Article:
Chapter 1 What is a Business? There are different ways to describe or classify a business, depending on characteristics such as the purpose of the business, its size, its structure, and the role it plays in a community. Profit or Non-Profit Some businesses are run to make a profit. A business that is run in order to make a profit is “an organization that produces or sells goods or services to satisfy the needs, wants, and demands of consumers for the purpose of making a profit.” While most businesses are run to make a profit, some are organized strictly for the purpose of helping people in a community. A For-profit Business The goal of most businesses is to make a profit by supplying goods and services to meet customer demands. Profits are the income that is left after all the costs and expenses are paid. Expenses are those expenditures that are involved in running a business, such as wages, as well as those assets that get “used up” in the process, such as paper and toner. Costs are the amount of money required for each stage of production, such as the costs of raw materials. To be successful, a for-profit business must earn a profit while keeping both expenses and costs down. One of the largest expenses for any business is its payroll. If a business decreases its staff to save on expenses, profits may increase. However, if there are not enough employees to do the work, sales could decrease and profits could actually decline. Revenue – Expenses = Profits/Loss Making a profit enables a business to put more money back into the operation for expansion or growth. Some businesses might chose to use profits to provide better goods or improved services. Profits can also be given to the owner to spend on personal needs and wants. If a business does not make any profit, but they are still able to pay of any debts, the business is considered solvent. Solvency means having the ability to pay your debts and meet financial obligations. Businesses are always looking for new ways to produce new and better goods and provide better services to customers. Non-profit and Not-for-profit Organizations A non-profit organization is one that does not seek profit as its primary motive, but instead raises funds for a specific goal. In fact, only charities and charitable organizations can truly be called non-profit. Not-for-profit organizations, such as housing or child-care co-operatives, also do not seek a profit. Any surplus funds they have are used to improve services offered to members; they are not distributed to members. Not all co-operatives are not-for- profit however. Some do generate a profit, which is shared amongst members or are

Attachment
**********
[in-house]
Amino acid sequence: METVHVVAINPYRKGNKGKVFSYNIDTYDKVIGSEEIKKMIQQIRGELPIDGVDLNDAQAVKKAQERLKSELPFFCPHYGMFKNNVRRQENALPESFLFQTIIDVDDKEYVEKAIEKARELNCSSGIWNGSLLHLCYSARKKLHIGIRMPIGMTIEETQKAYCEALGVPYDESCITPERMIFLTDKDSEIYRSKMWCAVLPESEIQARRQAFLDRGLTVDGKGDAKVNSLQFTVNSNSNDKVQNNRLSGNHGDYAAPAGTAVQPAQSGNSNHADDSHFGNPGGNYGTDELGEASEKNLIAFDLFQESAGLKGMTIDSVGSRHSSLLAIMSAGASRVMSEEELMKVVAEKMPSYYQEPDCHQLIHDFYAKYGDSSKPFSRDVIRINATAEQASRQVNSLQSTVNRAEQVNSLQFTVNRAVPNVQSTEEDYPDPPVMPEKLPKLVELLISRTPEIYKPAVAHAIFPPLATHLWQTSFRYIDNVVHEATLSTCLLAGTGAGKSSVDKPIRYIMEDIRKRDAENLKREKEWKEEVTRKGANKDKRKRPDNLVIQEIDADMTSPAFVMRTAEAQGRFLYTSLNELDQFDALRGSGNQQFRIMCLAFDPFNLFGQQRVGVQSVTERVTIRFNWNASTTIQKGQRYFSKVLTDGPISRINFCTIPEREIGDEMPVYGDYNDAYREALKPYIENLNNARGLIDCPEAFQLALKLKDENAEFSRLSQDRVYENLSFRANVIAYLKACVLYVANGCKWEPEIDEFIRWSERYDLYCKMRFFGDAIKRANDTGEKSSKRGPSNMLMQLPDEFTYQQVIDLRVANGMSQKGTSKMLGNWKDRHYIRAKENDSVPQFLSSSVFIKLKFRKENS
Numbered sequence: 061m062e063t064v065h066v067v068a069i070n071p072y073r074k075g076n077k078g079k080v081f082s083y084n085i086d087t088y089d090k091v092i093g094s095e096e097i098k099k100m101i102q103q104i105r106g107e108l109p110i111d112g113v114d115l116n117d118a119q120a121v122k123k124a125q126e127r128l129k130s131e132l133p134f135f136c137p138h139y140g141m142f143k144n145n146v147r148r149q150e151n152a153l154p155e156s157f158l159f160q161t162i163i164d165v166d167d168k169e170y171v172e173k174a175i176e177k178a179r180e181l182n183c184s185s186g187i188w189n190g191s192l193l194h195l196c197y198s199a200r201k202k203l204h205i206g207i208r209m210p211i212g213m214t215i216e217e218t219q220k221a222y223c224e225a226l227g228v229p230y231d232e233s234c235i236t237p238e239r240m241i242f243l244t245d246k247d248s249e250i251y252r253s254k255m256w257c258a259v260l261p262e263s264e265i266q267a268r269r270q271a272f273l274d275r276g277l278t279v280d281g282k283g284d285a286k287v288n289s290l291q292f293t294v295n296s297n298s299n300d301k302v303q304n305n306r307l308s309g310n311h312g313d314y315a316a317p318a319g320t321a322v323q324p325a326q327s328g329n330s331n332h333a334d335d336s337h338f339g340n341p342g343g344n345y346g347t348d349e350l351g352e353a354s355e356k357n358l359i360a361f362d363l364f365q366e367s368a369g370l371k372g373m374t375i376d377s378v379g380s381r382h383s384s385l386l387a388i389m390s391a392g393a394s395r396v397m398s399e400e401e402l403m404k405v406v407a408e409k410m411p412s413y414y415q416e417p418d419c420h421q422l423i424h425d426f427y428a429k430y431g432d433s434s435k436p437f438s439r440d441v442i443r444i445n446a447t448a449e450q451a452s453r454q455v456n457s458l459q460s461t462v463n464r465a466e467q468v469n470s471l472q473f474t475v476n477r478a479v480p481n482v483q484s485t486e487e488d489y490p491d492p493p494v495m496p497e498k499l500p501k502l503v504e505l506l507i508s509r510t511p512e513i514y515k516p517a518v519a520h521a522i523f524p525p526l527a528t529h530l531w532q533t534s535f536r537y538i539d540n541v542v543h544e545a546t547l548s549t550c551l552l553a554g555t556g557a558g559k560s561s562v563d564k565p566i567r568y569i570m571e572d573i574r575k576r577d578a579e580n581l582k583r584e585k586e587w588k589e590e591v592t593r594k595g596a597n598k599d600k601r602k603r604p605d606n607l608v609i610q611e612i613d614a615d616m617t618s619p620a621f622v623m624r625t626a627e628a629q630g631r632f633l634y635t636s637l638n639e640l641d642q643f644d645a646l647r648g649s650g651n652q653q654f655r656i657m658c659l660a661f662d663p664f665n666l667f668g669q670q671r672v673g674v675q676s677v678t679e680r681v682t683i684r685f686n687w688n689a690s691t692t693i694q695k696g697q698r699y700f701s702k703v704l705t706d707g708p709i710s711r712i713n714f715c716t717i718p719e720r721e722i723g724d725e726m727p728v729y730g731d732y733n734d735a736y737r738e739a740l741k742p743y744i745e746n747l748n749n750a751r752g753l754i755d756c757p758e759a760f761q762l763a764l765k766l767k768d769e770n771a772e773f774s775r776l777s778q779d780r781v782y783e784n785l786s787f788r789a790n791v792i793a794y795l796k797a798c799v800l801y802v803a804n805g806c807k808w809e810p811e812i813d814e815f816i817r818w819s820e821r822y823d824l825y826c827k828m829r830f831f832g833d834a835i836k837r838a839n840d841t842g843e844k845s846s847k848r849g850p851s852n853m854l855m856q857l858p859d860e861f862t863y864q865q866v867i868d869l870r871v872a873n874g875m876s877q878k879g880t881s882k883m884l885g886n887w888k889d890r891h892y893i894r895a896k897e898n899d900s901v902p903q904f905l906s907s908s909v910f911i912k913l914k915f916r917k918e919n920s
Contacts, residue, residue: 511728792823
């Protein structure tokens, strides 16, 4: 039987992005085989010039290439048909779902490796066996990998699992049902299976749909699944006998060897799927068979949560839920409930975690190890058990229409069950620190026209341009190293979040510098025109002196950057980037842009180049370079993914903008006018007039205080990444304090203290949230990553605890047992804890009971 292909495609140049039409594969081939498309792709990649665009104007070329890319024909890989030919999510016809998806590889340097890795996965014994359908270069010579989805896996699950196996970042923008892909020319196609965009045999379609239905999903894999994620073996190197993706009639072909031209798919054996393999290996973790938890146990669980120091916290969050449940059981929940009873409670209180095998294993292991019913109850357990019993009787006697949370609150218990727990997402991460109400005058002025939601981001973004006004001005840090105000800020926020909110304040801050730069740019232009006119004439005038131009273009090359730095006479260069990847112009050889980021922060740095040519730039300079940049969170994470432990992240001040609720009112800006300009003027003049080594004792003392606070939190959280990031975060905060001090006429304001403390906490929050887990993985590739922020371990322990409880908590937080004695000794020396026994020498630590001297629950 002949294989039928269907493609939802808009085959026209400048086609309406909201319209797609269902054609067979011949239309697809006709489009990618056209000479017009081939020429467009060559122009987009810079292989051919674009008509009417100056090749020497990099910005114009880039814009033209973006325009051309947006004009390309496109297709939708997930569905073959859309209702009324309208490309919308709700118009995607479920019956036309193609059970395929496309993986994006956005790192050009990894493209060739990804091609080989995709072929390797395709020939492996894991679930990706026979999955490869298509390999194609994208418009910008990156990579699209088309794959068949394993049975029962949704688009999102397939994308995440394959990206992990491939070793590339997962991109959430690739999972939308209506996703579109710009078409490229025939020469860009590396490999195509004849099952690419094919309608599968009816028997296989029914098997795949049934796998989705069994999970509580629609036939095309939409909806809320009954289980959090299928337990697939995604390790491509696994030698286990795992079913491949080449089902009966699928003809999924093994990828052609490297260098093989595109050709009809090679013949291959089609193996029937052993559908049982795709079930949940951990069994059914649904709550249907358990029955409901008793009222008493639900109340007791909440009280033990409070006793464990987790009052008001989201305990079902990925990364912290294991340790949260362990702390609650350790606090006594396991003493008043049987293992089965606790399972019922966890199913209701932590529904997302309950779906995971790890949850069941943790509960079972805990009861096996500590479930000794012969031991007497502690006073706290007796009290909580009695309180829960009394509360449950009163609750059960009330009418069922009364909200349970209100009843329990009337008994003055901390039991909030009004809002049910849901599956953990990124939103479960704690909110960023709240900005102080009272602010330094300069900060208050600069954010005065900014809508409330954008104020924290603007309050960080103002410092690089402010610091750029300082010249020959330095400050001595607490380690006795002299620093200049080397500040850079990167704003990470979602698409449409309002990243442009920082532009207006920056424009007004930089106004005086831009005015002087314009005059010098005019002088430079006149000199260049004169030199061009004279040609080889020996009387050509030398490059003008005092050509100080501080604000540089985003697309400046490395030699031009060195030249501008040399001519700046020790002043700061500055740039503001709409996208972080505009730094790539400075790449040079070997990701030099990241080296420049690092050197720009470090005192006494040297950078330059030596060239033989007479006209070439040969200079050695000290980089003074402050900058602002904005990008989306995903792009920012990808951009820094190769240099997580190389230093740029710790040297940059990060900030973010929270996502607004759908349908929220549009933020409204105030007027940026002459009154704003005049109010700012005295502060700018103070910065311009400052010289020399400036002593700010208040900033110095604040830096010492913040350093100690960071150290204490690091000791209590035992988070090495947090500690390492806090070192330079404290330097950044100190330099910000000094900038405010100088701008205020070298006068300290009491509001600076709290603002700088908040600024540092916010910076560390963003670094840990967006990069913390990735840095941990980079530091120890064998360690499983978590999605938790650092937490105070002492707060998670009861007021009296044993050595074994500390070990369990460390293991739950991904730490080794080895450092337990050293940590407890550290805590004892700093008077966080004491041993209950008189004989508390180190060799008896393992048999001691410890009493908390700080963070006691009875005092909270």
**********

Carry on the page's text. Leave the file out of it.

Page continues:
used to expand the organization. A co-operative can be defined as an independent association of persons who come together to meet their economic, social, and cultural needs and goals. They accomplish this by creating a jointly owned and democratically controlled business.
- Fall '17
- Business, Supply And Demand, Economic Resources